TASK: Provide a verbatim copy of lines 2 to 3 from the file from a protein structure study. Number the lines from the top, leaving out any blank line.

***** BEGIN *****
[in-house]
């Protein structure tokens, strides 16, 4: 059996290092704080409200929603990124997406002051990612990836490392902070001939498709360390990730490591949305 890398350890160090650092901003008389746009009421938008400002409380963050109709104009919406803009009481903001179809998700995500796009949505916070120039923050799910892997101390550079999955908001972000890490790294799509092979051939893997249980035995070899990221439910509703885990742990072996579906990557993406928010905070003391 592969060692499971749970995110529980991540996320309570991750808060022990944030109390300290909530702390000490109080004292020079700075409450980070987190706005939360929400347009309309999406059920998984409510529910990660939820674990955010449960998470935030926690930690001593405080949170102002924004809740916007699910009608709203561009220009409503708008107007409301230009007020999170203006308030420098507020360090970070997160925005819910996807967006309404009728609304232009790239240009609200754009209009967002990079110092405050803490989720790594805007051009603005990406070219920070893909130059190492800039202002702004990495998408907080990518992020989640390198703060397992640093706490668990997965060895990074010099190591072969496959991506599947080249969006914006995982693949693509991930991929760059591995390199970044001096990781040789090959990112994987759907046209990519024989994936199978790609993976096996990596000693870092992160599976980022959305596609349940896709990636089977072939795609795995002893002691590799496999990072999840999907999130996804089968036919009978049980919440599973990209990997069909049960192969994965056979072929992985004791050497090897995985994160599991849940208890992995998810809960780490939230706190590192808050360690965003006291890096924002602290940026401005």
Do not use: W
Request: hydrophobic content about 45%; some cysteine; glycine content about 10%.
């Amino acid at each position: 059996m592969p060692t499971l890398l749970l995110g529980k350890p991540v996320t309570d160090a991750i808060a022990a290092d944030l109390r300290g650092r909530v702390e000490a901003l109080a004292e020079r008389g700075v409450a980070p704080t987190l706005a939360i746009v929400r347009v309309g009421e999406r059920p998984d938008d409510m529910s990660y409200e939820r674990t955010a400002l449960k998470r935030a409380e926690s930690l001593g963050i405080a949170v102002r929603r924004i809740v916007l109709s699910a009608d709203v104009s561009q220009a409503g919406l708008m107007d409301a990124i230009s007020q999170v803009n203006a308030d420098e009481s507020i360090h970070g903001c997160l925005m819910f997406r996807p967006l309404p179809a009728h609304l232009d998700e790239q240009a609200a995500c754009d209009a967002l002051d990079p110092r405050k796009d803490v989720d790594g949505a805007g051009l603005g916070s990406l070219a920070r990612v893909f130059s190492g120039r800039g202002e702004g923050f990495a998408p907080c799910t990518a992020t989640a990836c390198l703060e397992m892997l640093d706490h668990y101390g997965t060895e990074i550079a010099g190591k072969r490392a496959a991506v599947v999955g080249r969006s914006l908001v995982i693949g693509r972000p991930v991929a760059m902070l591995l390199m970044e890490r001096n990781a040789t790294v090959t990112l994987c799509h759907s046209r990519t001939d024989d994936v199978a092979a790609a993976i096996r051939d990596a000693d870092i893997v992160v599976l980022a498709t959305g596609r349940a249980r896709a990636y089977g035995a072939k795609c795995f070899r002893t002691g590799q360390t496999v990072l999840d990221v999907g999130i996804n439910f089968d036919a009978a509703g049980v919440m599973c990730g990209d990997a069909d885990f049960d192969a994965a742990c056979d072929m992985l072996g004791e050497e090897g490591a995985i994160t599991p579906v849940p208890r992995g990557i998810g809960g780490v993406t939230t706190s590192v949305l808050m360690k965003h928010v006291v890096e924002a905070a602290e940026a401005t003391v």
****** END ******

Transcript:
């Protein structure tokens, strides 16, 4: 059996290092704080409200929603990124997406002051990612990836490392902070001939498709360390990730490591949305 890398350890160090650092901003008389746009009421938008400002409380963050109709104009919406803009009481903001179809998700995500796009949505916070120039923050799910892997101390550079999955908001972000890490790294799509092979051939893997249980035995070899990221439910509703885990742990072996579906990557993406928010905070003391 592969060692499971749970995110529980991540996320309570991750808060022990944030109390300290909530702390000490109080004292020079700075409450980070987190706005939360929400347009309309999406059920998984409510529910990660939820674990955010449960998470935030926690930690001593405080949170102002924004809740916007699910009608709203561009220009409503708008107007409301230009007020999170203006308030420098507020360090970070997160925005819910996807967006309404009728609304232009790239240009609200754009209009967002990079110092405050803490989720790594805007051009603005990406070219920070893909130059190492800039202002702004990495998408907080990518992020989640390198703060397992640093706490668990997965060895990074010099190591072969496959991506599947080249969006914006995982693949693509991930991929760059591995390199970044001096990781040789090959990112994987759907046209990519024989994936199978790609993976096996990596000693870092992160599976980022959305596609349940896709990636089977072939795609795995002893002691590799496999990072999840999907999130996804089968036919009978049980919440599973990209990997069909049960192969994965056979072929992985004791050497090897995985994160599991849940208890992995998810809960780490939230706190590192808050360690965003006291890096924002602290940026401005």
Do not use: W